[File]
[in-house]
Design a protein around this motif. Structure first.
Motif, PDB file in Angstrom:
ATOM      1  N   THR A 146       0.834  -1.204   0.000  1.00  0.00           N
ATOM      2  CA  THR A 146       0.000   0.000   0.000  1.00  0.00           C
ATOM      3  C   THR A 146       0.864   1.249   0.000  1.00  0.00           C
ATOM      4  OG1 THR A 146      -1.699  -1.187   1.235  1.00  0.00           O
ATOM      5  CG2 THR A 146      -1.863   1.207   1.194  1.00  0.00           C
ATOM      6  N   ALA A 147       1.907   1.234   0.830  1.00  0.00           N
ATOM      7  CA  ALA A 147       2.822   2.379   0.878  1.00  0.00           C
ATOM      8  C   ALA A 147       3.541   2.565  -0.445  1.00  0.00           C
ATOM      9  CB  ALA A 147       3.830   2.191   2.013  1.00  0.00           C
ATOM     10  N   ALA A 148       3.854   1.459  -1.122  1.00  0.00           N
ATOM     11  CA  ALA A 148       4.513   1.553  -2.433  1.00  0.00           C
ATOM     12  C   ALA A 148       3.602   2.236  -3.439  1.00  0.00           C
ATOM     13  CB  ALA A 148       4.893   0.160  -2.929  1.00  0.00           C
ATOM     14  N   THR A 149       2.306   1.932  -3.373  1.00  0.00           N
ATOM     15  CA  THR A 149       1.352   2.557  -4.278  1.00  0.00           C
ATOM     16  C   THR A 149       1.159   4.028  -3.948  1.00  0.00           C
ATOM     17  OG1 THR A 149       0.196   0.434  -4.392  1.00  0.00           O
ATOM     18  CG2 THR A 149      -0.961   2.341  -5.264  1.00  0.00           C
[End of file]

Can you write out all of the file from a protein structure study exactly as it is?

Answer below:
[in-house]
Design a protein around this motif. Structure first.
Motif, PDB file in Angstrom:
ATOM      1  N   THR A 146       0.834  -1.204   0.000  1.00  0.00           N
ATOM      2  CA  THR A 146       0.000   0.000   0.000  1.00  0.00           C
ATOM      3  C   THR A 146       0.864   1.249   0.000  1.00  0.00           C
ATOM      4  OG1 THR A 146      -1.699  -1.187   1.235  1.00  0.00           O
ATOM      5  CG2 THR A 146      -1.863   1.207   1.194  1.00  0.00           C
ATOM      6  N   ALA A 147       1.907   1.234   0.830  1.00  0.00           N
ATOM      7  CA  ALA A 147       2.822   2.379   0.878  1.00  0.00           C
ATOM      8  C   ALA A 147       3.541   2.565  -0.445  1.00  0.00           C
ATOM      9  CB  ALA A 147       3.830   2.191   2.013  1.00  0.00           C
ATOM     10  N   ALA A 148       3.854   1.459  -1.122  1.00  0.00           N
ATOM     11  CA  ALA A 148       4.513   1.553  -2.433  1.00  0.00           C
ATOM     12  C   ALA A 148       3.602   2.236  -3.439  1.00  0.00           C
ATOM     13  CB  ALA A 148       4.893   0.160  -2.929  1.00  0.00           C
ATOM     14  N   THR A 149       2.306   1.932  -3.373  1.00  0.00           N
ATOM     15  CA  THR A 149       1.352   2.557  -4.278  1.00  0.00           C
ATOM     16  C   THR A 149       1.159   4.028  -3.948  1.00  0.00           C
ATOM     17  OG1 THR A 149       0.196   0.434  -4.392  1.00  0.00           O
ATOM     18  CG2 THR A 149      -0.961   2.341  -5.264  1.00  0.00           C